Marriage equality has a new catchphrase. As the issue is gathering record momentum in the United States, support for the policy is repeatedly referred to as standing on "the right side of history." Though the idiom wasn't coined yesterday, it has been trending in the headlines for a year or so, almost consistently referring to advocating for marriage equality. In fact, this trend can be traced back to May 2012, which coincides with Joe Biden's endorsement of same-sex marriage and his endearing shout-out to Will & Grace. A similar spark in the use of the phrase can be seen for March 2013, when the Supreme Court considered arguments on Prop 8.
The "right side of history" is an implicit reference to the multiple social reforms of the past century, such as women suffrage or the legalization of interracial marriage. In the American tradition of social change, reformers must challenge the mainstream, and when successful, their once controversial position becomes common sense for subsequent generations. The adoption of the "right side of history" by advocates of marriage equality or marijuana legalization highlights the inevitability of social change. As Ethan Nadelmann puts it, "the wind is at our back."
Recent political victories demonstrate that the wind is indeed at our back on both marijuana legalization and marriage equality. Two states have now legalized cannabis outright, while 18 states and our nation's capitol have legalized medical cannabis. Minnesota just became the 12th state to legalize marriage equality. I predict that we haven't seen the last of our political victories and expect several more states to move forward on both marriage equality and cannabis law reform in the next several years.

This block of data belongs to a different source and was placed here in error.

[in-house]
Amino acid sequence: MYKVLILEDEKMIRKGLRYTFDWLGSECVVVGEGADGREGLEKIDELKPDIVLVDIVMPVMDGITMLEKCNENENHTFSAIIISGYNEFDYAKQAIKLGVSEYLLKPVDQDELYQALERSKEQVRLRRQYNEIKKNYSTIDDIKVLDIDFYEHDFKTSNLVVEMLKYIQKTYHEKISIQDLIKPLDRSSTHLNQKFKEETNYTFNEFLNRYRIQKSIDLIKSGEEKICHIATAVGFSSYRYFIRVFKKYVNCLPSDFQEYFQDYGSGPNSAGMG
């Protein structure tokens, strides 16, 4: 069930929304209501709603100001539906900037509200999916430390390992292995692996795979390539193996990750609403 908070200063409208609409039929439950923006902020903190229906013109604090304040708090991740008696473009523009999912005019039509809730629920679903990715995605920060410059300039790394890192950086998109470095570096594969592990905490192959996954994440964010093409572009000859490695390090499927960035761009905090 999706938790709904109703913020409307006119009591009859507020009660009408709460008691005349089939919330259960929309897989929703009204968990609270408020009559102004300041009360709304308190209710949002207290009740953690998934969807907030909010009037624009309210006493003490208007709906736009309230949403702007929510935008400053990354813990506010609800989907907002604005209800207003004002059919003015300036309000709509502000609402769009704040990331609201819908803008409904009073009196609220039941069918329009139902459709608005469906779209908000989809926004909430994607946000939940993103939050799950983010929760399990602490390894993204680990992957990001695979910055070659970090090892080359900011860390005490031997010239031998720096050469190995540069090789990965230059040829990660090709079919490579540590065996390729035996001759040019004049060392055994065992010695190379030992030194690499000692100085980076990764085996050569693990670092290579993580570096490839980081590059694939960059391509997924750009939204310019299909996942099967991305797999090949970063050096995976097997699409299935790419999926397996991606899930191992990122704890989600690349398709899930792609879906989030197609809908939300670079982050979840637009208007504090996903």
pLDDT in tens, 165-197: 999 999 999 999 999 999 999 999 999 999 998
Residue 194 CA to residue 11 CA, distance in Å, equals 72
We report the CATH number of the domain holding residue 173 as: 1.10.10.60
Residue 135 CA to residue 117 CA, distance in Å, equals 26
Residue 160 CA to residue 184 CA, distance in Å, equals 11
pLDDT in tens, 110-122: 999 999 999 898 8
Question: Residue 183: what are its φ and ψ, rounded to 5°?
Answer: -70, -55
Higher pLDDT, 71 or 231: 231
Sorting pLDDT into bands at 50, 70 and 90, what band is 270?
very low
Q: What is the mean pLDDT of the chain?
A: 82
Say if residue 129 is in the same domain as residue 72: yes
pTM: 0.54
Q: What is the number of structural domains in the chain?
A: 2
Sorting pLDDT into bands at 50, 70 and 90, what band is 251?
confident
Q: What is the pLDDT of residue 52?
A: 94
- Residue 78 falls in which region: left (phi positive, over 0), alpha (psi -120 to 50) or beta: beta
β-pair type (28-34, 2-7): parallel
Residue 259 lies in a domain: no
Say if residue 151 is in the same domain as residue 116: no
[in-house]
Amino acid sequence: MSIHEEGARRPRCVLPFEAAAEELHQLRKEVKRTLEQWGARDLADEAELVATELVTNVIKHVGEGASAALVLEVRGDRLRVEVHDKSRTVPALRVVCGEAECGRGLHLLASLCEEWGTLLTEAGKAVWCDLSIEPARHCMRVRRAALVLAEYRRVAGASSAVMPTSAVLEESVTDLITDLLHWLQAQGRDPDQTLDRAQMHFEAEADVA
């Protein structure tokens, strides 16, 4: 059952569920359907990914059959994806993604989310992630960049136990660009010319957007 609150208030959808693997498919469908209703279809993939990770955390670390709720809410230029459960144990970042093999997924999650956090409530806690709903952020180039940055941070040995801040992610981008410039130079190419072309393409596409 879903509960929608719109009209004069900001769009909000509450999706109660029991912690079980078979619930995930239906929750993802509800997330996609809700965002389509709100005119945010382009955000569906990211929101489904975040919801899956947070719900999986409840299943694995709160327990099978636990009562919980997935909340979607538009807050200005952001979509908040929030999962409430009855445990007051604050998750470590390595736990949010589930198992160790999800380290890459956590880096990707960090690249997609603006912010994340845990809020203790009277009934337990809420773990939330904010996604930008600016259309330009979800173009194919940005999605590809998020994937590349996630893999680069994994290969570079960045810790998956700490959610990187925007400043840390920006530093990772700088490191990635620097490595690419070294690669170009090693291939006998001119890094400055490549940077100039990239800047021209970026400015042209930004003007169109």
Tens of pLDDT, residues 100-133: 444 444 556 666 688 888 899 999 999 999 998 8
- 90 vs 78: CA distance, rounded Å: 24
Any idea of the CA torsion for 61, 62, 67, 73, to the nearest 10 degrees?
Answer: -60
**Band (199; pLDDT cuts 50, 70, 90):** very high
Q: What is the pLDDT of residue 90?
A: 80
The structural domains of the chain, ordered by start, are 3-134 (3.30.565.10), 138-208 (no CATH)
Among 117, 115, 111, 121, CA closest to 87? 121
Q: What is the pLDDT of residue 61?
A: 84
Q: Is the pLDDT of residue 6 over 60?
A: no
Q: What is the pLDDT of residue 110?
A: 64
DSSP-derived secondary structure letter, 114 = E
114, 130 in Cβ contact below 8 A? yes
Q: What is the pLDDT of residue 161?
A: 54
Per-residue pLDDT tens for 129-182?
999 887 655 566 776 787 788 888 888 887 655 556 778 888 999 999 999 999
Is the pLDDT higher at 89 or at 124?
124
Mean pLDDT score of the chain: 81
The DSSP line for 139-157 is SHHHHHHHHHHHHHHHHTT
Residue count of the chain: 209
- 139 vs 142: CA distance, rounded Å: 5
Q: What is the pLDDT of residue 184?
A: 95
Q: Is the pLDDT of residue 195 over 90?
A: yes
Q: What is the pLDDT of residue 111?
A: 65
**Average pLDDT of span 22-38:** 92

There are many parallels to be drawn between the civil rights battles of the past and those fought today. Calling for an end to mass incarceration, specifically considering the drug war's outrageous racial disparities, is sounding increasingly similar to advocating for the end of slavery. Today's generational divide on issues of sex and gender (e.g. gays serving openly in the military) are analogous to those of the mid-20th century concerning the inclusion of women in the workforce. Another obvious example is the end marijuana prohibition, which echoes the re-legalization of alcohol in 1933.
As same-sex marriage and marijuana regulation become a reality, perhaps we should turn our attention to what these issues have in common. In other words, what is the common denominator of successful social movements?
All these movements work to dismantle a pervasive pattern of oppression and exclusion. From Jim Crow laws to "traditional marriage," these unquestioned social systems enforce norms through criminalization (legal prohibition) and shame (social prohibition), resulting in injustice and inequality. Although they initially enjoy widespread support, these oppressive institutions can be toppled by shifts in public opinion, which start with a critical approach to social policy. Being on the "right side of history" is being open to going against the grain of conventional wisdom to promote social justice.
Today, most Americans stand on the right side of history on the issues of marriage equality and marijuana legalization, led by younger voters and opposed by a shrinking minority of Baby Boomers. Seeing as history tends to repeat itself, let's avoid finding ourselves on the other side of the generational divide. Rather than wait for the next wave of social movements, we should be thinking about what social battles remain to be fought. What reforms will the next generation of reformers be working towards? Could we be blind to another system of stigma and exclusion?
Let's start making our way to the right side of history now, so we don't have to later. If progressive social policy is bound to prevail, as these success stories seem to suggest, we ought to promote an inclusive and egalitarian approach to social policy across the board. From drug users to people with disabilities; from immigrants to transgender people; from atheists to aspiring polygamists, there is plenty more room for social inclusion. In the words of California Lieutenant Governor Gavin Newsom, "Let's stop reading the polls, let's start changing the polls!"
I would like to thank Portland State University Student Romain Bonilla for his invaluable research for this article. Please check out his blog at: www.romainbonilla.blogspot.com.